I remember, a few years ago, I had some friends over and one of them was looking at the amount of jars and different condiments that decorate the shelves of my tiny kitchen and said precisely this: “This is not a kitchen, this is a lab!”.  Little did he knew about the extension of it.

In my quest for a more balanced diet I also seek to make it more effective. Following Dr. Joel Furhman’s formula, which I found in one of my in depth researches at No Meat Athlete, health (H) equals the total nutrients (N) ingested divided by the calories (C):

“In other words, the more (micro) nutrients we can get from fewer calories, in a diet free of processed foods, the healthier we will be.”

This is the kind of argument I can use with my husband, who spends more time looking at an Excel sheet than at his dear wife. I already had the formula, the challenge was to be able to transform H=N/C into tasty recipes and that required imagination and resourcefulness. That’s when I remembered sprouts!

Step 1: how to increase food potential? We already know that we should soak legumes, nuts and seeds to reduce phytic acid, promote the bioavailability of these foods, and neutralize the anti-nutrients…

All these processes that protect the seed from its aggressors can be counteracted by soaking. In germination, we are going further in this process. We are giving these plants all the conditions to start growing. We’re telling them “you can come out, little plant, there are no predators around…” and when it least expects and it is at its nutritional peak, we eat it! Who said that the vegetable kingdom was not a jungle, too?!

Germinating is a lot easier than it sounds. I should know. The funny thing is that I got my germinating flask some time ago and I never used it because I feared I would do something wrong. But when I met the nice lady who offered me the kefir grains – remember?! – we spent a lot of time talking. One of the many themes we discussed was her sprouts production at home. And when I came to the conclusion that keeping kefir alive was not difficult, I decided to take my chances in sprouting and make use of the flask that I had back home. I followed the tips strictly and started with mung beans, but feel free to experiment with other seeds, as the scheme below demonstrates:

Source: Weed ‘Em & Reap

Recently the Portuguese blog Healthy Fit Way also published an excellent article on the advantages of the consumption of sprouts, which I strongly suggest you consult.

And how did I do it? I started by soaking the mung beans (1-2 tablespoons) and set half aside to germinate. As you can see from the images below, it is extremely easy:

First night: soak them in double the amount of water.

Give the seeds a shower without removing the lid of the bottle (if you do not have one of these, you can watch this video where Natacha explains how to do it at home and helps you in this process) and let it drain.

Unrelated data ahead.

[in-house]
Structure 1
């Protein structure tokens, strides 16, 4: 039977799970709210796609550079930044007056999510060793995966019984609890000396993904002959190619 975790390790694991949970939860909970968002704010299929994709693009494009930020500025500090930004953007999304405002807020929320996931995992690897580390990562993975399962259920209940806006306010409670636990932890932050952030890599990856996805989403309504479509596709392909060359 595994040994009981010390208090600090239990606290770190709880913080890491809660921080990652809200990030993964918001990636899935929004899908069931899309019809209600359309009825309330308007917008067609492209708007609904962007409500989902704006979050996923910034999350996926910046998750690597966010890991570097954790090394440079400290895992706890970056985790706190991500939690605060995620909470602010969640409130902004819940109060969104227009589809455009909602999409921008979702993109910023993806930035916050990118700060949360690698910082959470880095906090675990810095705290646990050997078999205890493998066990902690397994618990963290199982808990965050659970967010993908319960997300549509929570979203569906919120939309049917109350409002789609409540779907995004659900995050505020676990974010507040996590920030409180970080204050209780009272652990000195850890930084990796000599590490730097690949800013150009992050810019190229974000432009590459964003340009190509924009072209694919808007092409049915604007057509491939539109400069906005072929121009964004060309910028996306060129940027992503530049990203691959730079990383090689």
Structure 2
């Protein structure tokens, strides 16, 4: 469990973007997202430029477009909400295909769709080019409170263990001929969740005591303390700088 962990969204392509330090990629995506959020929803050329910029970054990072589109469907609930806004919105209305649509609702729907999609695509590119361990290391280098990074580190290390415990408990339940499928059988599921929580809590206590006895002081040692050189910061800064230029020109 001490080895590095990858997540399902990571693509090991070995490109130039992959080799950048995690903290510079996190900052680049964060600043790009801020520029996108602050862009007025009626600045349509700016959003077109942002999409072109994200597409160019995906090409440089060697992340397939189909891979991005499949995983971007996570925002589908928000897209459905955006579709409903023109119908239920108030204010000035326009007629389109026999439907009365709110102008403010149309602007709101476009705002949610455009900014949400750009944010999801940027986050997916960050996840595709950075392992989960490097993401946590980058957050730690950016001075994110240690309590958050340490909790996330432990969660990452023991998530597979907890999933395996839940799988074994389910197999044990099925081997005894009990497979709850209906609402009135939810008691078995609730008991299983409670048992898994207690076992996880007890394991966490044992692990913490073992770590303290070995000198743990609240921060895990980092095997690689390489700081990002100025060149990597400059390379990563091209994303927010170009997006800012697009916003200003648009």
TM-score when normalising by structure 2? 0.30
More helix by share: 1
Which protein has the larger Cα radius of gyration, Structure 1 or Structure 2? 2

Repeat the previous step until a sprout appears on the bean.

The mung beans take between 1 and 2 days, according to your preference. I like to leave them a third day, I confess, and then I put them to dry in the sun.

As always, I leave you a recipe to help you easily include sprouts in your food, although there are 1001 ways to do so. Just use your imagination and make your kitchen a small experimental lab!

Warm carrot and sprout salad

Ingredients

  • 3 tablespoons of sprouted mung beans
  • 70g of hazelnuts in shell
  • 170g of carrots
  • 2 tablespoons of honey
  • 1 tablespoon of avocado oil
  • Chopped parsley

Sauce ingredients

  • Juice of a small orange
  • 1 tablespoon of avocado oil
  • 2 tablespoons of honey

Preparation

Turn the oven on to 180ºC. When heated, place the hazelnuts on a tray and toast them for 5 minutes.

Peel and cut the carrots in wide sticks. Boil them for 4 minutes and allow them to cool slightly before placing them in an oven container. Sprinkle them with 1 tablespoon of avocado oil and 2 tablespoons of honey. Bake for 25 minutes in the oven, stirring a few times so that the liquid wraps the carrots evenly.

Meanwhile prepare the sauce by mixing the orange juice, the remaining avocado oil and the 2 tablespoons of honey.

When the carrots are well roasted, let them cool slightly before mixing them with the hazelnuts.

Sprinkle with the chopped parsley, add the sprouted mung beans and a generous serving of the sauce, mixed with the remaining baking liquid of the carrots.

Enjoy your meal!

Note: Recipe adapted from  Jamie Oliver.

This post was originally written in Portuguese. Click here for the Portuguese version.